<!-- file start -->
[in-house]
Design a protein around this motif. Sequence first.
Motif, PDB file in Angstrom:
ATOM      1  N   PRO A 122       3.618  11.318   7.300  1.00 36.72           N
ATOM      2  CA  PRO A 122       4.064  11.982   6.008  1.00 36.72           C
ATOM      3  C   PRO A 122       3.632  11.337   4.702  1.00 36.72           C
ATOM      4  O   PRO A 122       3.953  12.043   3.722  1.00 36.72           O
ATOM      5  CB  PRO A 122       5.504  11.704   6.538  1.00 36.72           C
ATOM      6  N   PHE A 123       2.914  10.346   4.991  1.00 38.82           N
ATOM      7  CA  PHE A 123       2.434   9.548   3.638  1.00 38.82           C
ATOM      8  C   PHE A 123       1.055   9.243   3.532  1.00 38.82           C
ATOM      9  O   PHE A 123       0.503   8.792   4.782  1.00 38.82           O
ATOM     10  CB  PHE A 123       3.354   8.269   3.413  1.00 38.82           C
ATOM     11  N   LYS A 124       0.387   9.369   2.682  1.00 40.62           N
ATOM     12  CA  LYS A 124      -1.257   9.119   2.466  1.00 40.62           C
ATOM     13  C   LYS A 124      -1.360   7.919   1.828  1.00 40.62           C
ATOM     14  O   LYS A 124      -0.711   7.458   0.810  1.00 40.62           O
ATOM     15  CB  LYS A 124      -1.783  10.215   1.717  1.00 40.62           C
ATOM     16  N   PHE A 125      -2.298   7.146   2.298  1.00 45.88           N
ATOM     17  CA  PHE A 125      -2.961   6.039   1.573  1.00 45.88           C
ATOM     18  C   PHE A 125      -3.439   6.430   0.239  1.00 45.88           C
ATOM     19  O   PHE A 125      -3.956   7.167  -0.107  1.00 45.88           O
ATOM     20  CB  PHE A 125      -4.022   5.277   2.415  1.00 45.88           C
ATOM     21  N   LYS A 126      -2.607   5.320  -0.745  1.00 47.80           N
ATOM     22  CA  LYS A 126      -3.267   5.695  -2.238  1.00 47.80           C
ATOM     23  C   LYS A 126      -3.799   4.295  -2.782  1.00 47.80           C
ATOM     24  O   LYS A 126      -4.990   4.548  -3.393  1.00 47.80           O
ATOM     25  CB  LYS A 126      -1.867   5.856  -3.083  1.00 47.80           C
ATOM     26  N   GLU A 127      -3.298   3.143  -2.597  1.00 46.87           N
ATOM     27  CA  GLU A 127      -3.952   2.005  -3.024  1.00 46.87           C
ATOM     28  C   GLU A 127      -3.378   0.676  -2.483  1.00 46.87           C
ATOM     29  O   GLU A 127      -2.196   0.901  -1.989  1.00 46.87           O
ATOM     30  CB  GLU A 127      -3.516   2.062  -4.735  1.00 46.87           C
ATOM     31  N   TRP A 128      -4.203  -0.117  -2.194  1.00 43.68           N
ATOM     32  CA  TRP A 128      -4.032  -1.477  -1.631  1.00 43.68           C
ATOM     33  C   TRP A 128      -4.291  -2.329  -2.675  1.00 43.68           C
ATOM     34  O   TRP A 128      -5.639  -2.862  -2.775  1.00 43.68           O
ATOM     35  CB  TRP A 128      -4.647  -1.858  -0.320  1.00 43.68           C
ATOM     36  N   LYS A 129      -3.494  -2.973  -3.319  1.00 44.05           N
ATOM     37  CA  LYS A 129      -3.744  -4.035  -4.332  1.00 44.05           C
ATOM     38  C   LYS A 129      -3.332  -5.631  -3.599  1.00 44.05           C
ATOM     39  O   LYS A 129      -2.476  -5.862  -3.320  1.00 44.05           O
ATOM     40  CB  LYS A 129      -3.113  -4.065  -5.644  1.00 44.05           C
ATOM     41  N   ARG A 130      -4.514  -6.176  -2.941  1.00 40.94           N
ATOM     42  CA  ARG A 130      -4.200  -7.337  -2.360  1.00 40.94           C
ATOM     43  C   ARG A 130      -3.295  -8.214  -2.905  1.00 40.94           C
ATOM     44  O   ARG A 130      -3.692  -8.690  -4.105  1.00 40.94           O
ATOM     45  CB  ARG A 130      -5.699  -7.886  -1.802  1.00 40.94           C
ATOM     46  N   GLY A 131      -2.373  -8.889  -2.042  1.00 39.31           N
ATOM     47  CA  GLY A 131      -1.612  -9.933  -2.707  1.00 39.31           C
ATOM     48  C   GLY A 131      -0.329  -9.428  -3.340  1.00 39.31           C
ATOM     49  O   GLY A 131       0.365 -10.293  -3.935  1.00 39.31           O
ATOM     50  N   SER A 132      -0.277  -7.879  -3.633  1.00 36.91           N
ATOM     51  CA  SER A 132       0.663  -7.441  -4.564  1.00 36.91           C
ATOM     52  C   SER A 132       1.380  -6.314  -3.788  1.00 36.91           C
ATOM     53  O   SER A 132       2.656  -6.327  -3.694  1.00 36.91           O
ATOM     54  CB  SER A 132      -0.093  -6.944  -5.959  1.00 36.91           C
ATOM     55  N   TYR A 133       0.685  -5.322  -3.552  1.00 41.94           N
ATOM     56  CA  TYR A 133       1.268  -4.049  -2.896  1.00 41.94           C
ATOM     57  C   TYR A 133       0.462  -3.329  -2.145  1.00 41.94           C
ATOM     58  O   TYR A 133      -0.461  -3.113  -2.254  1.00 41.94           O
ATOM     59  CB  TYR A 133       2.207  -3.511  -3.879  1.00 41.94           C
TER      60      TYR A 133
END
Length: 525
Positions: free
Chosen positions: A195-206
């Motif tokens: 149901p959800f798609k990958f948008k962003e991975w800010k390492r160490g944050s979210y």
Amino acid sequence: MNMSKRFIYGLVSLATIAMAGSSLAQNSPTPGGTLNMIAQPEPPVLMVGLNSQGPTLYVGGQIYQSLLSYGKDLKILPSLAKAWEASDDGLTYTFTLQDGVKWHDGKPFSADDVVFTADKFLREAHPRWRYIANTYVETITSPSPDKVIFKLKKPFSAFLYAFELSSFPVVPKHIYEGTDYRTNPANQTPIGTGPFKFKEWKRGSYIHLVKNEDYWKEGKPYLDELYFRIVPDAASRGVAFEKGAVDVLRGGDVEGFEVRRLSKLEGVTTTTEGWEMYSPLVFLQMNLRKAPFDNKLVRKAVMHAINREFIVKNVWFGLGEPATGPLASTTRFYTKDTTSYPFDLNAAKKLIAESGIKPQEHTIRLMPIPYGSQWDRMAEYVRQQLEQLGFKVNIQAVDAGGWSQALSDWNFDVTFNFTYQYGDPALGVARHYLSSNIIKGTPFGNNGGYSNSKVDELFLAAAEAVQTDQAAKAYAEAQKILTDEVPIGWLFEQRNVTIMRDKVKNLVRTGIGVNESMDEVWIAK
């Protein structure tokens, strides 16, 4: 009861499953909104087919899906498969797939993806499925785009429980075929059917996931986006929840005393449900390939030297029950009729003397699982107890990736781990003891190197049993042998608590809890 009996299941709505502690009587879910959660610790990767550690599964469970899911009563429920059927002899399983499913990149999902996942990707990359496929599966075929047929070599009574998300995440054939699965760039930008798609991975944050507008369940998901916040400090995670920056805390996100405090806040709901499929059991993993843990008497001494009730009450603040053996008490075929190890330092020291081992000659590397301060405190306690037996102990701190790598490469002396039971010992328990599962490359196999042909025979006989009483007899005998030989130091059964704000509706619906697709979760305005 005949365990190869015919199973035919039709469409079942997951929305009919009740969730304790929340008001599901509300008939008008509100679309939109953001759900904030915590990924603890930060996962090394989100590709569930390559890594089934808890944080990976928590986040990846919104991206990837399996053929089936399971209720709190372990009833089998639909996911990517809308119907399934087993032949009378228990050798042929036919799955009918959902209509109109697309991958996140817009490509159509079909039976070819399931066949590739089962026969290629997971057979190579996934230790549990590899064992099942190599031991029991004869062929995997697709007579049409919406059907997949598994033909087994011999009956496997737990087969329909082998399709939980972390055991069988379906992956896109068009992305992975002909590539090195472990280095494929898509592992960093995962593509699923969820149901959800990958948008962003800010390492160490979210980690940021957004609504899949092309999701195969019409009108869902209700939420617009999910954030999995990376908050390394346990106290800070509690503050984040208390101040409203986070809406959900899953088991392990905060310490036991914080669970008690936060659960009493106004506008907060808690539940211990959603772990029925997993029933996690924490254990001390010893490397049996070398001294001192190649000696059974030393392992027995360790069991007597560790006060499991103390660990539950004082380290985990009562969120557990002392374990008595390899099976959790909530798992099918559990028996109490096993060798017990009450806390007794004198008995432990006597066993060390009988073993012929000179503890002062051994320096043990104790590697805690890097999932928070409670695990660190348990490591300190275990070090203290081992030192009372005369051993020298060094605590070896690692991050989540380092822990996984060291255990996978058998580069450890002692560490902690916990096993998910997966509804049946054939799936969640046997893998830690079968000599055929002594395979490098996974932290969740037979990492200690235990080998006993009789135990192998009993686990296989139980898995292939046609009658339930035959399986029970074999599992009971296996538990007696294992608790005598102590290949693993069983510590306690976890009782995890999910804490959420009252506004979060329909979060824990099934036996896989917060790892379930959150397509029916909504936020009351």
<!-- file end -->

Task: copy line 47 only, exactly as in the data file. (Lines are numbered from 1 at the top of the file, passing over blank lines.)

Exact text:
ATOM     44  O   ARG A 130      -3.692  -8.690  -4.105  1.00 40.94           O